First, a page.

|Running Time||101 minutes||Commentary Tracks||None|
|RSDL/Flipper||No/No||Other Extras||TV spot|
|Distributor||Roadshow Home Entertainment|
|Pan & Scan/Full Frame||Pan & Scan||MPEG||2.0|
|Widescreen Aspect Ratio||N/A||Dolby Digital||2.0|
|16x9 Enhancement||N/A||Soundtrack Languages||English|
|Theatrical Aspect Ratio||1.85:1|
Lloyd picks up Mary Swanson (Lauren Holly) in the limo to take her to the airport. He immediately falls in love with her. Lauren has gone to the airport to drop off a briefcase full of money as a ransom payment (her husband has been kidnapped - though we don't find this out until later). Lloyd notices that Mary has apparently forgotten her briefcase, and gallantly retrieves it for her, right from under the noses of the kidnappers. Unfortunately, Mary has already left on a plane for Aspen, so Lloyd cannot return the briefcase to her (though he really tries to - ouch). Meanwhile, Harry has been sacked from his doggie job.
Lloyd and Harry sit around their apartment feeling sorry for themselves, until the kidnappers arrive at their apartment. They mistake the kidnappers for collection agents for the gas company. Accordingly, they escape their apartment until the kidnappers go away (but not before they do something unspeakable to Harry's "parakeet"). Lloyd and Harry then resolve to go to Aspen to return Mary's briefcase to her.
The road to Aspen is fraught with difficulty and sight gags, and the most annoying sound in the universe (it really is annoying), but they get there eventually only to realize that they don't know where Mary lives. For that matter, they don't even know Mary's second name.
At this stage, they discover what is in the briefcase (lotsa money), and with the best of intentions, they spend up big, leaving IOUs in the briefcase for any money they take out ("we're good for it"). They find Mary, but Lloyd is too shy to talk to her, so he gets Harry to talk to her instead. Unfortunately for Lloyd, this results in Harry getting a date with Mary the next day. Eventually, Lloyd figures out that Harry has sort-of double crossed him, and so he gets his revenge in a most unfortunate manner.
Amongst all of this, it turns out that the kidnapper is a trusted family friend of the Swansons and Lloyd and Harry find themselves being held at gunpoint by the kidnapper. Lucky for Harry, he was intercepted by an undercover policewoman who supplied him with a bulletproof jacket and a gun just before encountering the kidnapper. The net result is that the bad guy is arrested, Mary's husband is reunited with her, and Lloyd and Harry hit the road again.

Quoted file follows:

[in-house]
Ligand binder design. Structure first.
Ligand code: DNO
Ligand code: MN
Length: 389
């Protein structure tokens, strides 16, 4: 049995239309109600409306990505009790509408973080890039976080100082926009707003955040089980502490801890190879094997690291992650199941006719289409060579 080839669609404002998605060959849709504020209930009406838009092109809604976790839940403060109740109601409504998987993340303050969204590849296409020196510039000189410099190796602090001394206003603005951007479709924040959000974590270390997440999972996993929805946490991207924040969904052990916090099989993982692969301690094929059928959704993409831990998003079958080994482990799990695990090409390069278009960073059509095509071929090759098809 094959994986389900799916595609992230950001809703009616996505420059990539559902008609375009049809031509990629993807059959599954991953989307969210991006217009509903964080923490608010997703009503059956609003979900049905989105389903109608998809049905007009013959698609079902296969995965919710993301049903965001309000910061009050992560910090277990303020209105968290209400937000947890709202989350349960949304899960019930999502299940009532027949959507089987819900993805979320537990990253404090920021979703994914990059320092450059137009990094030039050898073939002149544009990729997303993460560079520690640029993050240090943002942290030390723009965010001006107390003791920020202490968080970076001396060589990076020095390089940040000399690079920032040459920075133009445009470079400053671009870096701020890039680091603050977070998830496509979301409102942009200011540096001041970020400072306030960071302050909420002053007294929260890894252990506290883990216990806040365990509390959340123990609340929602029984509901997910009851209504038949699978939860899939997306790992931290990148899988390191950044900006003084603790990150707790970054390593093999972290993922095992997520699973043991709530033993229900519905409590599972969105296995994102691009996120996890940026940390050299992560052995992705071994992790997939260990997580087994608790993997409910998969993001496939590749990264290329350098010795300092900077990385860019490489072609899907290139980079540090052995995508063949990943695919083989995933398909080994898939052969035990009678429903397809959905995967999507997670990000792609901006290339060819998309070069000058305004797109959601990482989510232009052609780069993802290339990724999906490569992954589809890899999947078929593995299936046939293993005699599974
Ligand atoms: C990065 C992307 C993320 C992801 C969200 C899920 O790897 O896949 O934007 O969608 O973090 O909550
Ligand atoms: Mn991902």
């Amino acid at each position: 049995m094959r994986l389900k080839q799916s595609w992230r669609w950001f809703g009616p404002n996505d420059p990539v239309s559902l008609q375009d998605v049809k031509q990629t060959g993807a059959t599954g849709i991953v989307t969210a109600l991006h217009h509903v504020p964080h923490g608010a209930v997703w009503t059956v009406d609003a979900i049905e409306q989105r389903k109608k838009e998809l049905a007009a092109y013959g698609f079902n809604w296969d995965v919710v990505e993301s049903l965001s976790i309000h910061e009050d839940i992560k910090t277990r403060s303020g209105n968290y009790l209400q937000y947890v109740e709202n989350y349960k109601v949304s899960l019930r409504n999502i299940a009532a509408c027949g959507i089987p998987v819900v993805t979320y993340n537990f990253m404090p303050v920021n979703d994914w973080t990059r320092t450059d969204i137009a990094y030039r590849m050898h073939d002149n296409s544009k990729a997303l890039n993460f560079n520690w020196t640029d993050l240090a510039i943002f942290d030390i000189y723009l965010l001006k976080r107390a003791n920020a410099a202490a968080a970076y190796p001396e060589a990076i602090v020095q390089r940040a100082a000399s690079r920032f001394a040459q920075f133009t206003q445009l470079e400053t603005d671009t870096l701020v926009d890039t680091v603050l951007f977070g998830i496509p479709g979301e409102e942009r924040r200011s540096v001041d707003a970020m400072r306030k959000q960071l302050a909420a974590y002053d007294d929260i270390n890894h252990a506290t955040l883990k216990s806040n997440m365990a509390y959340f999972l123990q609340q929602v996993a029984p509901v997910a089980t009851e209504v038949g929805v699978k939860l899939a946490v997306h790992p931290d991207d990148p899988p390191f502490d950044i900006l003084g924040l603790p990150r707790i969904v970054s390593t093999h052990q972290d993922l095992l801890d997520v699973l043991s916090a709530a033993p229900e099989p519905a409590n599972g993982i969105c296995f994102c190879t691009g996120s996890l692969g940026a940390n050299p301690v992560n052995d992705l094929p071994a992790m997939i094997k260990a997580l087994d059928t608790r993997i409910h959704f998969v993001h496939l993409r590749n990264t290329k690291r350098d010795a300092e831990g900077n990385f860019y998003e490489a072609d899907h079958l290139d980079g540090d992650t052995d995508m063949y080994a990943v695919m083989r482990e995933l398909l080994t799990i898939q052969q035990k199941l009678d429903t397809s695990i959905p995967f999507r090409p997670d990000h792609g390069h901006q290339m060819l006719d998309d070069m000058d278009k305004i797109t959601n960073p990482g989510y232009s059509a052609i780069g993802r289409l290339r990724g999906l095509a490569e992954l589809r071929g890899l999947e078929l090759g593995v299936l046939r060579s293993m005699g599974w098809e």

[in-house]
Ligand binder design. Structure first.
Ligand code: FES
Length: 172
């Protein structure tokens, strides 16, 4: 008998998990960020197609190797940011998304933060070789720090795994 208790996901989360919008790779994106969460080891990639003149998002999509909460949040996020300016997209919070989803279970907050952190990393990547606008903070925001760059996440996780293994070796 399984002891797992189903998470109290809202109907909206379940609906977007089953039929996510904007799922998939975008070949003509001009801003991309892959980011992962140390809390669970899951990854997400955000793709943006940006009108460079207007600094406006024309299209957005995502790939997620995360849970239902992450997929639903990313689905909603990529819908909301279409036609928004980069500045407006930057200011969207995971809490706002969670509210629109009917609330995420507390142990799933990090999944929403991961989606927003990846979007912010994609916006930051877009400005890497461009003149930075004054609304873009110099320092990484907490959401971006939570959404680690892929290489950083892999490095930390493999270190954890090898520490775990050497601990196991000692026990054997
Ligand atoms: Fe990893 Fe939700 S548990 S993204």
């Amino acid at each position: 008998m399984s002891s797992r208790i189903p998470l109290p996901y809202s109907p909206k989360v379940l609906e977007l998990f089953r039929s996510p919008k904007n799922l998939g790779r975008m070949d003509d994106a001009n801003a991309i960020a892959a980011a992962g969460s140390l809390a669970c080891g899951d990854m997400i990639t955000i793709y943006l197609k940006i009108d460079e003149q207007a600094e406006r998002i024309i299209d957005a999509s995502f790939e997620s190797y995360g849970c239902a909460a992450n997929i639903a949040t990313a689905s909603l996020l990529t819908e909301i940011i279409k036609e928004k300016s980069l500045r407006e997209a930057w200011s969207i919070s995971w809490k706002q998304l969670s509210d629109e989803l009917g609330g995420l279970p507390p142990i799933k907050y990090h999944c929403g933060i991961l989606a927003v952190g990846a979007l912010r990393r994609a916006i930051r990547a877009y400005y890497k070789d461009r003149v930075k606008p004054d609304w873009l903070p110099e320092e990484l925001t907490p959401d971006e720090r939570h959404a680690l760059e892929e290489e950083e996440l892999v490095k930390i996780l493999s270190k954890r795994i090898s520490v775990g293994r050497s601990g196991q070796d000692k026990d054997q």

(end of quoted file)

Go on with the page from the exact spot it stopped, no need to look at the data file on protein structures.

Dumb and Dumber is a movie which requires you to leave your brain at the door before you watch it. Don't expect anything other than low-brow entertainment with crude toilet humour and some senseless violence and you won't be disappointed. It should give you a bellyfull of laughs.
Oddly, the image quality for approximately the second half of the movie is much better, and I have little complaint about it. The colour balance was better (I returned the colour control back to close to my normal setting) and the contrast was much better. Indeed, the second half of this movie had what I would describe as an excellent video transfer. The early parts of the movie, however, have significant image problems which detract from the overall quality of this DVD.
An irritation inherent to a transfer from a film element is the presence of the reel change markings (round circles in the upper right corner of the print which signal the projection equipment to switch to a new film reel). They are not as objectionable in a pan & scan transfer as they are in a widescreen transfer since you only partially see the markings, but they were a distraction at times.
Film grain and scratches were noted occasionally, but not much more than would be expected. I have certainly seen much worse.
This film is framed as a pan & scan transfer. I have never seen this movie in its theatrical aspect ratio (1.85:1), so I cannot comment on how much is missing in the transfer. There were, however, a significant number of scenes where the framing of the shot was clearly compromised by the pan & scan process. I note that the Region 1 DVD has been released as a dual-sided disc with widescreen (1.85:1, 16:9 enhanced) on one side and pan & scan on the other.
Dialogue was occasionally difficult to hear over the music, but generally it was clear and intelligible. I enjoyed the music in the film - it suited the on-screen action and only occasionally got in the way of the dialogue.
If you are interested in this movie, you would have to consider getting the Region 1 DVD over the Region 4 DVD since the Region 1 DVD has both widescreen (1.85:1, 16:9 enhanced) and pan & scan versions on the one disc, and it also has a Dolby Digital 5.1 soundtrack. The Region 4 disc is probably best left for rental only.
8th September 1998
|DVD||Pioneer DV-505, using S-Video output|
|Display||Loewe Art-95 95cm direct view CRT in 4:3 mode, via the S-Video input. Calibrated with the NTSC DVD version of Video Essentials.|
|Audio Decoder||AMC AV-81HT Prologic/THX decoder. Calibrated with the NTSC DVD version of Video Essentials.|
|Amplification||2 x EA Playmaster 100W per channel stereo amplifiers for Left, Right, Left Rear and Right Rear; Philips 360 50W per channel stereo amplifier for Centre and Subwoofer|
|Speakers||Philips S2000 speakers for Left, Right; Polk Audio CS-100 Centre Speaker; Apex AS-123 speakers for Left Rear and Right Rear; Yamaha B100-115SE subwoofer|